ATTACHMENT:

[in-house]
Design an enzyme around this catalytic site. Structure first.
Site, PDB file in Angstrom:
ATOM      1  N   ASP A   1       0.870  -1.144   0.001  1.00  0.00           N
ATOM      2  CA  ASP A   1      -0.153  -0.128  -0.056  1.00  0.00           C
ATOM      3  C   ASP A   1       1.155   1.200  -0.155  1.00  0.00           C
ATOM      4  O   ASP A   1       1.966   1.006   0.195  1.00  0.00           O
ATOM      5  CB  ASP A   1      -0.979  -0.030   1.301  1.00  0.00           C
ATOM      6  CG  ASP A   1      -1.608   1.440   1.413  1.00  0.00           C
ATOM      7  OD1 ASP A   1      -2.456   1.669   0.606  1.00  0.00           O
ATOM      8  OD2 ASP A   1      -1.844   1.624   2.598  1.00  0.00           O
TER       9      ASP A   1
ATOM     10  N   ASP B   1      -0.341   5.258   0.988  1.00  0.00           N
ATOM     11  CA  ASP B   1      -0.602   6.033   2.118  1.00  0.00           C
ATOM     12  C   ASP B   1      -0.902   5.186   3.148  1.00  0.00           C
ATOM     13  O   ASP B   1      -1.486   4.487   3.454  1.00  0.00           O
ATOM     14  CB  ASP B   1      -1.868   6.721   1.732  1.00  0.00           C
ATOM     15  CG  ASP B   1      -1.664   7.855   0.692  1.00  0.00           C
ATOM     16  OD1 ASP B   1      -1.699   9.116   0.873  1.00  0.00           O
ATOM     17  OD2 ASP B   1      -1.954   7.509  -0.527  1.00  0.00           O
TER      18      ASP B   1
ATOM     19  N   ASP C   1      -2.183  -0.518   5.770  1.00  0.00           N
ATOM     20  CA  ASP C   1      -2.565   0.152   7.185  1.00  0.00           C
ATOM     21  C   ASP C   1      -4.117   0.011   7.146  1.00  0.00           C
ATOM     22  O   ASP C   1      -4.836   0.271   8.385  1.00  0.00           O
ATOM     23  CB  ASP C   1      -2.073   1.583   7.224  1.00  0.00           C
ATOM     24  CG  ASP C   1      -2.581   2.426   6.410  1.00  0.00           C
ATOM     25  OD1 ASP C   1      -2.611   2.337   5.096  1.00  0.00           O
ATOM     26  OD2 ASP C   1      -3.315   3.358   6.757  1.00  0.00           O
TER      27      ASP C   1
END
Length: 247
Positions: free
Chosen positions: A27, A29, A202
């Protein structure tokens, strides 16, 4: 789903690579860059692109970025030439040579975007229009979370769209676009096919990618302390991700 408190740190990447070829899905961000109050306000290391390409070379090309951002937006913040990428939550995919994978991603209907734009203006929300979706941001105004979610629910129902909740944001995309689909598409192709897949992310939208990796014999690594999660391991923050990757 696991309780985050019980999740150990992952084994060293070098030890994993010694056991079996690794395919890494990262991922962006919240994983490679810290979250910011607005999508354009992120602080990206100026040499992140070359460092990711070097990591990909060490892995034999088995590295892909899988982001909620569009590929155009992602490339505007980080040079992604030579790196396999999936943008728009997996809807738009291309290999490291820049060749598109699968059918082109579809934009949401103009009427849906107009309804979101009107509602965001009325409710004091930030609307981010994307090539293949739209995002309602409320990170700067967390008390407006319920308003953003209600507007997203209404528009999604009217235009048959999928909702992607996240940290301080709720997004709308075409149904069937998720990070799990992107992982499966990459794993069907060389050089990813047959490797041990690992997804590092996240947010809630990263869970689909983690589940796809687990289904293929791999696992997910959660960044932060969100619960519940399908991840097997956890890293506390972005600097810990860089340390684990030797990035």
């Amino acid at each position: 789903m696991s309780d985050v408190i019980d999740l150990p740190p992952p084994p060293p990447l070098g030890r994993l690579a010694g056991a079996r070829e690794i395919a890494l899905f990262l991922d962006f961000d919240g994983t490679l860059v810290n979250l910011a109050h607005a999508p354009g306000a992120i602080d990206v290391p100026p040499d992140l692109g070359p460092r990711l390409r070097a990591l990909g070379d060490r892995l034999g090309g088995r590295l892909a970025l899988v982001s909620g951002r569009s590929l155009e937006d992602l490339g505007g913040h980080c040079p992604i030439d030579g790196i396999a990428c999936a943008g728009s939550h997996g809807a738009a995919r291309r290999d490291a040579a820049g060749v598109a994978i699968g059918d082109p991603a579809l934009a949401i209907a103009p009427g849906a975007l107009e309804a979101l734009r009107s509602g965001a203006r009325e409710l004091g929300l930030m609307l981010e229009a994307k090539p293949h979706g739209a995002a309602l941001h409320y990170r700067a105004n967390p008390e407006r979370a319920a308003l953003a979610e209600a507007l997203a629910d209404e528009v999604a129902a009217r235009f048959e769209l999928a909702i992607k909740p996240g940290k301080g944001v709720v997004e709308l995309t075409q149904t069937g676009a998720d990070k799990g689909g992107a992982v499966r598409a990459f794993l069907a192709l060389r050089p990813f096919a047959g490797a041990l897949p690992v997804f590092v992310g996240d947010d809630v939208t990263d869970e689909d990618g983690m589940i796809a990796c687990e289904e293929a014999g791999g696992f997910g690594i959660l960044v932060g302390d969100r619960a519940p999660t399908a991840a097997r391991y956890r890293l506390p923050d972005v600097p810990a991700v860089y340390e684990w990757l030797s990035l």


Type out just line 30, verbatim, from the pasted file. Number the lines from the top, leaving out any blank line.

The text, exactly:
TER      27      ASP C   1